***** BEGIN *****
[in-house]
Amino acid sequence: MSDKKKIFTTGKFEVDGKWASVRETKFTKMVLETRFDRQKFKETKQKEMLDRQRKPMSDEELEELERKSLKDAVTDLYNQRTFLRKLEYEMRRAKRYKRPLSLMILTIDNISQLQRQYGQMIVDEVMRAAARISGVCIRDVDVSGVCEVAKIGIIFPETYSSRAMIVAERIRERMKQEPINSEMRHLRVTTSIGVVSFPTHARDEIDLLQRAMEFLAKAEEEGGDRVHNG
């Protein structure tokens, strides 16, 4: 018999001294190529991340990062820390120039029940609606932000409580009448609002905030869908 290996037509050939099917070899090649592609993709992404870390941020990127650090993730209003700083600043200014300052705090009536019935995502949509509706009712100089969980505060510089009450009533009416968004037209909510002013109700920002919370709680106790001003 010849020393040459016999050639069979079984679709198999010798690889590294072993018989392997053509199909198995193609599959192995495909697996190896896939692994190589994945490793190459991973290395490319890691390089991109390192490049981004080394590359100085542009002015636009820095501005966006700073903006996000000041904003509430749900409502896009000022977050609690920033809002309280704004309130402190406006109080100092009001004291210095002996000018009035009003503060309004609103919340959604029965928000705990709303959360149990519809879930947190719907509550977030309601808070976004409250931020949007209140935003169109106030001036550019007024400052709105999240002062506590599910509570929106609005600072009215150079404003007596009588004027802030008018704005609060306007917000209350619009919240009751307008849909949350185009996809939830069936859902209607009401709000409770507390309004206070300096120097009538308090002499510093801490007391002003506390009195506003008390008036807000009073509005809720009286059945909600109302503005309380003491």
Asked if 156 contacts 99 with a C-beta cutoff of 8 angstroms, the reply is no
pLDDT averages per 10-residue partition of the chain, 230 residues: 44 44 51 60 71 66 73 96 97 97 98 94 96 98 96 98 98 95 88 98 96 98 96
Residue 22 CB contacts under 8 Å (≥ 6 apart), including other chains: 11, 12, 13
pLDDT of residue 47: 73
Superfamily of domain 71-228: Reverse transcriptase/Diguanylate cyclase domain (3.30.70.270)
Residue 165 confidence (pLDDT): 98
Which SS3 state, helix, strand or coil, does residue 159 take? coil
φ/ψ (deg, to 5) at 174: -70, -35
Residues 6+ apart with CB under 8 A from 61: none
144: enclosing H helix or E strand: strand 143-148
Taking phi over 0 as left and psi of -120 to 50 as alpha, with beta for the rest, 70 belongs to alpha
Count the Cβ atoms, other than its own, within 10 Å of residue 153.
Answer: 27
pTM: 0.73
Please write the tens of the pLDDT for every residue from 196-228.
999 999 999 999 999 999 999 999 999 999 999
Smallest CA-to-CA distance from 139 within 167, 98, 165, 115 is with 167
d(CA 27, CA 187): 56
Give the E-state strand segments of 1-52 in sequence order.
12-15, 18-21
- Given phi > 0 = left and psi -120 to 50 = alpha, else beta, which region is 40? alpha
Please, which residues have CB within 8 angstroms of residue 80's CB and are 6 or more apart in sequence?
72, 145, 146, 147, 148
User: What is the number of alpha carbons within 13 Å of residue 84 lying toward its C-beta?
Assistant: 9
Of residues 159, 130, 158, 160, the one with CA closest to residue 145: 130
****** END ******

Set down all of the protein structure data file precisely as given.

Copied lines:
[in-house]
Amino acid sequence: MSDKKKIFTTGKFEVDGKWASVRETKFTKMVLETRFDRQKFKETKQKEMLDRQRKPMSDEELEELERKSLKDAVTDLYNQRTFLRKLEYEMRRAKRYKRPLSLMILTIDNISQLQRQYGQMIVDEVMRAAARISGVCIRDVDVSGVCEVAKIGIIFPETYSSRAMIVAERIRERMKQEPINSEMRHLRVTTSIGVVSFPTHARDEIDLLQRAMEFLAKAEEEGGDRVHNG
């Protein structure tokens, strides 16, 4: 018999001294190529991340990062820390120039029940609606932000409580009448609002905030869908 290996037509050939099917070899090649592609993709992404870390941020990127650090993730209003700083600043200014300052705090009536019935995502949509509706009712100089969980505060510089009450009533009416968004037209909510002013109700920002919370709680106790001003 010849020393040459016999050639069979079984679709198999010798690889590294072993018989392997053509199909198995193609599959192995495909697996190896896939692994190589994945490793190459991973290395490319890691390089991109390192490049981004080394590359100085542009002015636009820095501005966006700073903006996000000041904003509430749900409502896009000022977050609690920033809002309280704004309130402190406006109080100092009001004291210095002996000018009035009003503060309004609103919340959604029965928000705990709303959360149990519809879930947190719907509550977030309601808070976004409250931020949007209140935003169109106030001036550019007024400052709105999240002062506590599910509570929106609005600072009215150079404003007596009588004027802030008018704005609060306007917000209350619009919240009751307008849909949350185009996809939830069936859902209607009401709000409770507390309004206070300096120097009538308090002499510093801490007391002003506390009195506003008390008036807000009073509005809720009286059945909600109302503005309380003491």
Asked if 156 contacts 99 with a C-beta cutoff of 8 angstroms, the reply is no
pLDDT averages per 10-residue partition of the chain, 230 residues: 44 44 51 60 71 66 73 96 97 97 98 94 96 98 96 98 98 95 88 98 96 98 96
Residue 22 CB contacts under 8 Å (≥ 6 apart), including other chains: 11, 12, 13
pLDDT of residue 47: 73
Superfamily of domain 71-228: Reverse transcriptase/Diguanylate cyclase domain (3.30.70.270)
Residue 165 confidence (pLDDT): 98
Which SS3 state, helix, strand or coil, does residue 159 take? coil
φ/ψ (deg, to 5) at 174: -70, -35
Residues 6+ apart with CB under 8 A from 61: none
144: enclosing H helix or E strand: strand 143-148
Taking phi over 0 as left and psi of -120 to 50 as alpha, with beta for the rest, 70 belongs to alpha
Count the Cβ atoms, other than its own, within 10 Å of residue 153.
Answer: 27
pTM: 0.73
Please write the tens of the pLDDT for every residue from 196-228.
999 999 999 999 999 999 999 999 999 999 999
Smallest CA-to-CA distance from 139 within 167, 98, 165, 115 is with 167
d(CA 27, CA 187): 56
Give the E-state strand segments of 1-52 in sequence order.
12-15, 18-21
- Given phi > 0 = left and psi -120 to 50 = alpha, else beta, which region is 40? alpha
Please, which residues have CB within 8 angstroms of residue 80's CB and are 6 or more apart in sequence?
72, 145, 146, 147, 148
User: What is the number of alpha carbons within 13 Å of residue 84 lying toward its C-beta?
Assistant: 9
Of residues 159, 130, 158, 160, the one with CA closest to residue 145: 130